A new family, IIS-45, has been ascertained after our initial mapping studies of the 24 families and the identification of STIL mutations in MCPH7-linked families IIS-17, IIS-28, and IIS-3 as described above. Haplotype analysis of this family with three markers from each of the six known MCPH1–MCPH6 loci3 and four markers (D1S2797, D1S2874, D1S197, and D1S386) from the novel MCPH7 locus suggested localization of this family to the MCPH7 locus (Figure S5). DNA sequence analysis found that it has the same 1 bp deletion (c.3655 delG) as seen in IIS-28 (Figure 3D). Haplotype analysis suggested that mutations were not from a single founder (Figure S5).

We were not able to find mutations in families IIS-35 and IIS-40. It is possible that mutations in these families lie in the regulatory region or in intronic regions not covered by the primers used for sequencing or that the families have mutations in the other candidate gene of this region. It is also possible that these families do not actually map to this locus.

Two types of mutations were identified in our families (Table S4): nonsense and deletion mutations leading to a premature stop codon and a mutation affecting a donor splice site. Two families were homozygous for the same deletion mutation. It is interesting to note that these three mutations in STIL and almost all the mutations in previously reported MCPH genes are protein-truncating mutations,3,4,14,15,18,22 suggesting that the loss of function of these genes leads to MCPH.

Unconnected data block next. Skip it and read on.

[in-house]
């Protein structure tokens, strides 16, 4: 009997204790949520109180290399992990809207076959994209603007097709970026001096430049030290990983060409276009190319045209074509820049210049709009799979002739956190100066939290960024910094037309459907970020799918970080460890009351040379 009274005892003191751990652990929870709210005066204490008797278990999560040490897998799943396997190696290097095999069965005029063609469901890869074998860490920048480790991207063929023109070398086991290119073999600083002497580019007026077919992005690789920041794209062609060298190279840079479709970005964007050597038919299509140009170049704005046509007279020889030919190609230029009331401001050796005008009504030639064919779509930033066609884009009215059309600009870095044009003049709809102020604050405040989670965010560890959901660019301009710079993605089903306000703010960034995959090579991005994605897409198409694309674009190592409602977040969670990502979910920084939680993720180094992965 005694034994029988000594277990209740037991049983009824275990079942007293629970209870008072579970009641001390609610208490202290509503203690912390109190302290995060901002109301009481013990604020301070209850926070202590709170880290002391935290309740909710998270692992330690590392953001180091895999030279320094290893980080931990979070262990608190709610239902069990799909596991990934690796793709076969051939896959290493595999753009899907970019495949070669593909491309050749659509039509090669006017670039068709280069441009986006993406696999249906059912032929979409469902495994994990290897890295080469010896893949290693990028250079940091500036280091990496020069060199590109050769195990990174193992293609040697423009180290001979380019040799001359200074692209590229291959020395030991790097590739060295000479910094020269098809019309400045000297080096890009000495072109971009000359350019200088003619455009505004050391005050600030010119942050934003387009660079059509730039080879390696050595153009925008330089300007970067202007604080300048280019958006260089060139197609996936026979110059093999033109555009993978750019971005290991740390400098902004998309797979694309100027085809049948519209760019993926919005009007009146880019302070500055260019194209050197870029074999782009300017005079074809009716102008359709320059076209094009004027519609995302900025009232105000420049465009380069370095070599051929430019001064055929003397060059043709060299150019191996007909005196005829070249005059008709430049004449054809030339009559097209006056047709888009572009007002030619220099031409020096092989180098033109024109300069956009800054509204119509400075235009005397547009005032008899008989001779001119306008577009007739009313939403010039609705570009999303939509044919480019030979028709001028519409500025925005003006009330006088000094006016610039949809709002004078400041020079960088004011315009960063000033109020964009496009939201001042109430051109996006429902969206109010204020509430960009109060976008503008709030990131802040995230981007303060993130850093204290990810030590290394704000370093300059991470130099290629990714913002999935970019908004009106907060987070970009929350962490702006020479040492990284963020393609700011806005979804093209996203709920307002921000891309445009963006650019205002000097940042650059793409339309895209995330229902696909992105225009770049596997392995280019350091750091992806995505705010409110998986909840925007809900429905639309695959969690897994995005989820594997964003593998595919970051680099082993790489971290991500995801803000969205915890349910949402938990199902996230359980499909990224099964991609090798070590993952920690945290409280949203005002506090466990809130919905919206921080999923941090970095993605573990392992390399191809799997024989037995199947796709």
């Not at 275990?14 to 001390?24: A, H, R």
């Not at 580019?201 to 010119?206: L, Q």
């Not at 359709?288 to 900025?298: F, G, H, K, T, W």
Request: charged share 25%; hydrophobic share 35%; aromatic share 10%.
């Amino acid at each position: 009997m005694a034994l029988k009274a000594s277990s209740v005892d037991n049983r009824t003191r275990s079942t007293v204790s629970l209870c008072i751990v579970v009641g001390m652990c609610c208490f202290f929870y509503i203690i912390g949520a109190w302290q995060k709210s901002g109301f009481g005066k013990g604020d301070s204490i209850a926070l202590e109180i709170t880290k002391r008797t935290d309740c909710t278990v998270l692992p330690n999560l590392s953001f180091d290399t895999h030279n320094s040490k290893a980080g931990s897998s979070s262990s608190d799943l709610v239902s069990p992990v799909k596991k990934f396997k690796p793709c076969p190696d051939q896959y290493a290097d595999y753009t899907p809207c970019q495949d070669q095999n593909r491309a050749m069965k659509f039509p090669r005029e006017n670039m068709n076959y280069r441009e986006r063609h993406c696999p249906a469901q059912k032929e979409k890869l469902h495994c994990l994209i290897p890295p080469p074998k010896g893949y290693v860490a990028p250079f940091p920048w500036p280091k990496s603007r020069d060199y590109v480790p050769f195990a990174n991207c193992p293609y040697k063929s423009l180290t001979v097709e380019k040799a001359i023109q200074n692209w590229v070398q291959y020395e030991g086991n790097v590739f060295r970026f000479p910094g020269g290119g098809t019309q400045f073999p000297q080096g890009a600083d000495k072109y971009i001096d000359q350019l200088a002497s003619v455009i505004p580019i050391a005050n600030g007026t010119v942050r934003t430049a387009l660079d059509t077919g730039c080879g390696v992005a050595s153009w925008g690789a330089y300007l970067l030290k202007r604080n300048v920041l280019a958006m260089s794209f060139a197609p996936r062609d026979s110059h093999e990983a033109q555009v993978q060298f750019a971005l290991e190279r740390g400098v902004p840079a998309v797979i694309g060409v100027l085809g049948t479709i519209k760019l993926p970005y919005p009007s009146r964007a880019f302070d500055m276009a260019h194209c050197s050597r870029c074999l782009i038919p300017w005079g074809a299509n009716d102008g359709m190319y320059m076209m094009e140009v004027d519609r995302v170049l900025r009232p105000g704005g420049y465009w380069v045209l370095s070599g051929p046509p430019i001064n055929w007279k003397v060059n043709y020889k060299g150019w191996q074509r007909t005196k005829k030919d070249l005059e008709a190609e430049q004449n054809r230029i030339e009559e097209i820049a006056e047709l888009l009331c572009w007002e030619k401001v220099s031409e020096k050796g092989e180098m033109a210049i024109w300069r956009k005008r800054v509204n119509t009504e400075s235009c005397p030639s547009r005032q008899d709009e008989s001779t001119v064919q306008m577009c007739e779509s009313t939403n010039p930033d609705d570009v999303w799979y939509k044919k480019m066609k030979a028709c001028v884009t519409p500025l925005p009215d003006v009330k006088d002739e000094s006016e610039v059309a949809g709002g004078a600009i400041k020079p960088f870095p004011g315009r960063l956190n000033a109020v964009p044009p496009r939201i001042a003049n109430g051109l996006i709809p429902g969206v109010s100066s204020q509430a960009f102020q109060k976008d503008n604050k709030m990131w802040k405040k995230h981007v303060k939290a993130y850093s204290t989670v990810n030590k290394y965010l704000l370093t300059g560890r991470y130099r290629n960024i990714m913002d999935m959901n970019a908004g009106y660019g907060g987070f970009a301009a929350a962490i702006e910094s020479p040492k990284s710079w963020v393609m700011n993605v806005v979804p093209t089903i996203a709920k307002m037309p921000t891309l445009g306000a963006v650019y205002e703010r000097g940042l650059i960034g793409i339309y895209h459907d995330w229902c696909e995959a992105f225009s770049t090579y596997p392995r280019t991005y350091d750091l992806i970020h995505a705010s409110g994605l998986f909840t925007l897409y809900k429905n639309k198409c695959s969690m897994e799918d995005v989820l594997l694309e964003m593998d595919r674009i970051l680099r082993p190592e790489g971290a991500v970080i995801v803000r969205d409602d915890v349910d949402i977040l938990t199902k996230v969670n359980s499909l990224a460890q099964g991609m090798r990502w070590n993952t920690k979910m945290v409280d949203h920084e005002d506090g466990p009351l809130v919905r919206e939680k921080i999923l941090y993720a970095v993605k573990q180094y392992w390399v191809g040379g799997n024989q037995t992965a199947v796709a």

STIL (SCL/TAL1 interrupting locus) is necessary for proper mitotic spindle organization in zebrafish and human cells and localizes to the mitotic spindle poles only during metaphase.23 In HeLa cells, STIL localizes to the pericentriolar region, but it does not completely colocalize with the gamma-tubulin of the centrosome.23 Cells undergoing anaphase lacked STIL localization to the spindle poles, and virtually no STIL expression was seen in interphase cells.23 Interestingly, all four other MCPH proteins (MCPH1, CDK5RAP2, ASPM, and CENPJ) localize to the centrosome at the interphase, metaphase, and anaphase stages of the cell cycle.15–17 STIL is an early-response gene that is ubiquitously expressed in proliferating cells and during early embryonic development.24,25 STIL consists of 18 exons (Figure 2). The human and the mouse STIL show an overall identity of 73% at the amino acid level.26 Reverse transcriptase-polymerase chain reaction analysis showed that STIL is expressed in human fetal tissues, including the fetal brain from a spontaneous abortion at 16 weeks of gestation (Figure S6). The development of human cerebral cortex starts with proliferation of neuronal progenitors present in the walls of cerebral ventricles. A major addition of neurons in cortex occurs at approximately 4 to 5 fetal months.27 Most neurons reach their destination in the cortex by the 24th week of gestation, guided by radial glia.28 Therefore, the expression of STIL in the brain of a 16-week-old human fetus supports its role in neuronal cell proliferation. Further, the RNA in situ hybridization in mouse embryos at embryonic day 14.5 has shown that STIL is expressed in the developing cerebral cortex29 like other MCPH genes.4,14,15